A stunning 53 consecutive months of net redemptions culminated in Lee-Chin stepping down as CEO in 2006 and handing over control of the funds to Wellum. By July 2009, assets under management had shrunk by 75% from AIC’s peak. To his detractors, the sale was evidence of AIC’s flaws, of the risks of over-concentration and of Lee-Chin’s rigidity. Even judged on the longer investment horizon that Lee-Chin favours, the funds have not fared well. At the end of this summer, the 15-year returns on both Advantage and Advantage II, which Lee-Chin continued to guide in a sub-advisory role until July, were both just in negative territory. “He’s going to have a lot of work to convince people that if it didn’t work over the last 15 years, how will it work over the next five, 10, 15 years,” says Dan Hallett, a director of Highview Asset Management. “The AIC experience has left a very bad taste with a lot of people, and I think it’s even more of an uphill battle than it would be for a startup, to rebuild that confidence, if it can be done at all. I’m not sure that it can.” Lee-Chin says he was always “on the side of right,” and that it was a culture of instant gratification that sank him. “If you can tell me of a better way of creating wealth, I’m all ears.”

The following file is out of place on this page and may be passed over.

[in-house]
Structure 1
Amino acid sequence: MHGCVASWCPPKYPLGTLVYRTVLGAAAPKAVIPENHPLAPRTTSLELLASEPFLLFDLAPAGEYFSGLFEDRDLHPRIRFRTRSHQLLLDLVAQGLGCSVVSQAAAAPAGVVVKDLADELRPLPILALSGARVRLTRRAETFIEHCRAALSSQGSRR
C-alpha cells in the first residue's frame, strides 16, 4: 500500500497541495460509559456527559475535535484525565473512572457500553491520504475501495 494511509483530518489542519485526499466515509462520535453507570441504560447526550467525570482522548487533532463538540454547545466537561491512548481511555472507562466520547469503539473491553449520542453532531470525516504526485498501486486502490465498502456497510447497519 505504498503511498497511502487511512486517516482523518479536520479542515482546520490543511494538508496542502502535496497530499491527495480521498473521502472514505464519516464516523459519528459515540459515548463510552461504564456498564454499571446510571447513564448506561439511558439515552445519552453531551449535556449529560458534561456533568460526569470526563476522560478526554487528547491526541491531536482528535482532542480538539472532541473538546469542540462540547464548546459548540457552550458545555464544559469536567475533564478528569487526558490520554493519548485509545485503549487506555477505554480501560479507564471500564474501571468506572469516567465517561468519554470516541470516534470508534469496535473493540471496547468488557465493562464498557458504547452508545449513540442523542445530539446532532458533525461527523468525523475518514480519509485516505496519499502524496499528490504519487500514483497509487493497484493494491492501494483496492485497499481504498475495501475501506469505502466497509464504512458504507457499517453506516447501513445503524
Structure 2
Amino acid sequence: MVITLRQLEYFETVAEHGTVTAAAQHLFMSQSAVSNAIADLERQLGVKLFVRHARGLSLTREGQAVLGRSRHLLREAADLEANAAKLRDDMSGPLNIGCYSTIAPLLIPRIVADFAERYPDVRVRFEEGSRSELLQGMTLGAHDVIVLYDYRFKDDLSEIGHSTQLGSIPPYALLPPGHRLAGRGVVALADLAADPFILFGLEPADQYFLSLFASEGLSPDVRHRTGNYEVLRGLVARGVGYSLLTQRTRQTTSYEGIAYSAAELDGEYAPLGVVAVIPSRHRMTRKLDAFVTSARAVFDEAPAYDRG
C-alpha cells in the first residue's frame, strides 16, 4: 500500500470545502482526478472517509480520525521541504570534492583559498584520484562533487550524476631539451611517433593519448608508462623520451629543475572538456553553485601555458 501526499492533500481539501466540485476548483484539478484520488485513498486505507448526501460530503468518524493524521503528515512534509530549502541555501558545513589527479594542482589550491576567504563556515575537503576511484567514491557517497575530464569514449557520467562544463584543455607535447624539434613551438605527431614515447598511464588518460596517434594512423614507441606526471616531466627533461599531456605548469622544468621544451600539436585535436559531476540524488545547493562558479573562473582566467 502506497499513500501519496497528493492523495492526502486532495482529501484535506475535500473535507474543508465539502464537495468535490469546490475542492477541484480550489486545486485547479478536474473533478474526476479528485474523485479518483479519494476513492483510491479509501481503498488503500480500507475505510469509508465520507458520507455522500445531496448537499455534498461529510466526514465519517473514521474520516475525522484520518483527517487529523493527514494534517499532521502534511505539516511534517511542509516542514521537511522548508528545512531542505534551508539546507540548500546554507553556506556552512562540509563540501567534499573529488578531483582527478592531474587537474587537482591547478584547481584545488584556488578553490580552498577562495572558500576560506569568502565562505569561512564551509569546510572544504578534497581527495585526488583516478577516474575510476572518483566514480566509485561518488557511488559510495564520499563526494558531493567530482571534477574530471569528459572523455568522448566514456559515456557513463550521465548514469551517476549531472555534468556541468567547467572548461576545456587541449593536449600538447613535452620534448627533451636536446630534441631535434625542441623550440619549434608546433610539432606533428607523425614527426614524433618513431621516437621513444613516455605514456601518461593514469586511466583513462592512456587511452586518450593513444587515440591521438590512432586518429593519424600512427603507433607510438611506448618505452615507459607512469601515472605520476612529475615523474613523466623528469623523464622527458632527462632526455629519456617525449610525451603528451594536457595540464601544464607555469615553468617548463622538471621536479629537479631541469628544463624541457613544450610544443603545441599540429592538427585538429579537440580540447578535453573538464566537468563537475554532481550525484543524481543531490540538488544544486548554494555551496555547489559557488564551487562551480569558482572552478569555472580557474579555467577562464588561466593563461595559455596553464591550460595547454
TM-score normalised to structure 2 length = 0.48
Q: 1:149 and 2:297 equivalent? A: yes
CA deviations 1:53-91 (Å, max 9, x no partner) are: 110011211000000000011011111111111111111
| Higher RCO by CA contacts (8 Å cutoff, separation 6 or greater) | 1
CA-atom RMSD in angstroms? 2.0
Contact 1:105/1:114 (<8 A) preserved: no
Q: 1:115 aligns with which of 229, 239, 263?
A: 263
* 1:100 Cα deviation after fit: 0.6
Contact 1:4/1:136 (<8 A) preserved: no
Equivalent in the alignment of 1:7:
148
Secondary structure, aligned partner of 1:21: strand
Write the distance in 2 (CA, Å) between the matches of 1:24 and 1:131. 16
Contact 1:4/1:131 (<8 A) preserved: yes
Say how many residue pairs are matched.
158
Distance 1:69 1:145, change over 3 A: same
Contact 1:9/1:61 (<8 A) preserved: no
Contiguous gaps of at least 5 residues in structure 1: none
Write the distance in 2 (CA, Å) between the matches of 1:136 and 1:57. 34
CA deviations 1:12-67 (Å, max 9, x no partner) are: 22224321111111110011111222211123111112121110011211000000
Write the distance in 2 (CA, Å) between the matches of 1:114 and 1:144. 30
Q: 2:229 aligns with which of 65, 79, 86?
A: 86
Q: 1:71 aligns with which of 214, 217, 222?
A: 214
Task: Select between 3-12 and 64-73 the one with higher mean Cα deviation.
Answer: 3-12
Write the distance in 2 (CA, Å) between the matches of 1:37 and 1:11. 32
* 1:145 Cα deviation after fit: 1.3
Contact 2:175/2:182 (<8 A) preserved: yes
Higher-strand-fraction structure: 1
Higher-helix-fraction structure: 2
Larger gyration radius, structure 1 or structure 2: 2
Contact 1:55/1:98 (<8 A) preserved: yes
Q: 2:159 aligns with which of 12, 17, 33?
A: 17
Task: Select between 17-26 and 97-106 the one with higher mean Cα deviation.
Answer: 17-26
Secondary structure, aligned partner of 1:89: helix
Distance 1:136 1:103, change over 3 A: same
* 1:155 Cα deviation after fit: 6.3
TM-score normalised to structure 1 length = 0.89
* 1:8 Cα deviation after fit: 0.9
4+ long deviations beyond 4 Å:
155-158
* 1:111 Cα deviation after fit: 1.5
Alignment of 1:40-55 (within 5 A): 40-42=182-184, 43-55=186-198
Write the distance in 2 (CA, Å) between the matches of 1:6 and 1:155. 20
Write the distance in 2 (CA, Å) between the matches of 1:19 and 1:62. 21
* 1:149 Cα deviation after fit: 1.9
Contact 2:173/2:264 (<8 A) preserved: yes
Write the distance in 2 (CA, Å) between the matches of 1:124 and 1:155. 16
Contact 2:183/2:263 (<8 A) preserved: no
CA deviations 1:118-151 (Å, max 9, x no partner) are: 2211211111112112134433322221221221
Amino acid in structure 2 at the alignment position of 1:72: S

Lee-Chin is now 61, and has a plan for a second assault on conventional investing, just as he orchestrated 25 years ago. To his old list of criticisms of the fund business, he has added the absence of private equity in retail investing. It was his own investments in private businesses that Lee-Chin says helped him weather the global financial crisis. Last year, Canadian Business calculated his wealth at $1.73 billion. (Lee-Chin himself is unsure how much money he has. “If you know how much you’re worth, you’re not wealthy,” he says with a smile.)